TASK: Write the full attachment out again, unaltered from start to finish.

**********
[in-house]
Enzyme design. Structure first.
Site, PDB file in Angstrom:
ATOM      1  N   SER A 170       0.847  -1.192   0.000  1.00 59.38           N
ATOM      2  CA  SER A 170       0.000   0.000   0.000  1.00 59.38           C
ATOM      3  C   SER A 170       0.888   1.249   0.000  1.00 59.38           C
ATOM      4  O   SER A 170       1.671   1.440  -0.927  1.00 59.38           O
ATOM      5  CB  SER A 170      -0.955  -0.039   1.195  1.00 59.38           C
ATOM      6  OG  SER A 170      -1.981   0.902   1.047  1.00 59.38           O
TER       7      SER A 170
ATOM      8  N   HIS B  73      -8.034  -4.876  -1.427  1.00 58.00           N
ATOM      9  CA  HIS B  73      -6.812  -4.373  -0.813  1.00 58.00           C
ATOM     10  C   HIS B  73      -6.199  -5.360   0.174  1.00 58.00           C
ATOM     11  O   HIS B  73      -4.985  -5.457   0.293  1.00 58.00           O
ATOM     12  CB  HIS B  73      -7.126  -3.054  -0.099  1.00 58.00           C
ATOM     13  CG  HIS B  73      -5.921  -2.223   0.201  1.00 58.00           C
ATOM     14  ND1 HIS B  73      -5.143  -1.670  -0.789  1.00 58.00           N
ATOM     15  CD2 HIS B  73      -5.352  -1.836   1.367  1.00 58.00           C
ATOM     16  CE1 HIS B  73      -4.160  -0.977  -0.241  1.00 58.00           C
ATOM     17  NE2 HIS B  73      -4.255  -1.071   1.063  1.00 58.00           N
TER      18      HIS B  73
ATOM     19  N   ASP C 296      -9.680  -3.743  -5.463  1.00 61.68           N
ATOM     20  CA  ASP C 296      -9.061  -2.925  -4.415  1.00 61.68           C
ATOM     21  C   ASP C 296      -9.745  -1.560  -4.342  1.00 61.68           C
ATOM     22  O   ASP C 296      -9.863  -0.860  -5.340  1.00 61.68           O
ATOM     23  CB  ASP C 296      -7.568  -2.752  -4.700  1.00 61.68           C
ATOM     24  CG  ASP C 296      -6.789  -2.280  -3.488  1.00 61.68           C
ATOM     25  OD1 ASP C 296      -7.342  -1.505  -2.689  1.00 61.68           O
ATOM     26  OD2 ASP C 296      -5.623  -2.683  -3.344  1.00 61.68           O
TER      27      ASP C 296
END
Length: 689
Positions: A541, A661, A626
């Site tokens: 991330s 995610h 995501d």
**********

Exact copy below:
[in-house]
Enzyme design. Structure first.
Site, PDB file in Angstrom:
ATOM      1  N   SER A 170       0.847  -1.192   0.000  1.00 59.38           N
ATOM      2  CA  SER A 170       0.000   0.000   0.000  1.00 59.38           C
ATOM      3  C   SER A 170       0.888   1.249   0.000  1.00 59.38           C
ATOM      4  O   SER A 170       1.671   1.440  -0.927  1.00 59.38           O
ATOM      5  CB  SER A 170      -0.955  -0.039   1.195  1.00 59.38           C
ATOM      6  OG  SER A 170      -1.981   0.902   1.047  1.00 59.38           O
TER       7      SER A 170
ATOM      8  N   HIS B  73      -8.034  -4.876  -1.427  1.00 58.00           N
ATOM      9  CA  HIS B  73      -6.812  -4.373  -0.813  1.00 58.00           C
ATOM     10  C   HIS B  73      -6.199  -5.360   0.174  1.00 58.00           C
ATOM     11  O   HIS B  73      -4.985  -5.457   0.293  1.00 58.00           O
ATOM     12  CB  HIS B  73      -7.126  -3.054  -0.099  1.00 58.00           C
ATOM     13  CG  HIS B  73      -5.921  -2.223   0.201  1.00 58.00           C
ATOM     14  ND1 HIS B  73      -5.143  -1.670  -0.789  1.00 58.00           N
ATOM     15  CD2 HIS B  73      -5.352  -1.836   1.367  1.00 58.00           C
ATOM     16  CE1 HIS B  73      -4.160  -0.977  -0.241  1.00 58.00           C
ATOM     17  NE2 HIS B  73      -4.255  -1.071   1.063  1.00 58.00           N
TER      18      HIS B  73
ATOM     19  N   ASP C 296      -9.680  -3.743  -5.463  1.00 61.68           N
ATOM     20  CA  ASP C 296      -9.061  -2.925  -4.415  1.00 61.68           C
ATOM     21  C   ASP C 296      -9.745  -1.560  -4.342  1.00 61.68           C
ATOM     22  O   ASP C 296      -9.863  -0.860  -5.340  1.00 61.68           O
ATOM     23  CB  ASP C 296      -7.568  -2.752  -4.700  1.00 61.68           C
ATOM     24  CG  ASP C 296      -6.789  -2.280  -3.488  1.00 61.68           C
ATOM     25  OD1 ASP C 296      -7.342  -1.505  -2.689  1.00 61.68           O
ATOM     26  OD2 ASP C 296      -5.623  -2.683  -3.344  1.00 61.68           O
TER      27      ASP C 296
END
Length: 689
Positions: A541, A661, A626
């Site tokens: 991330s 995610h 995501d």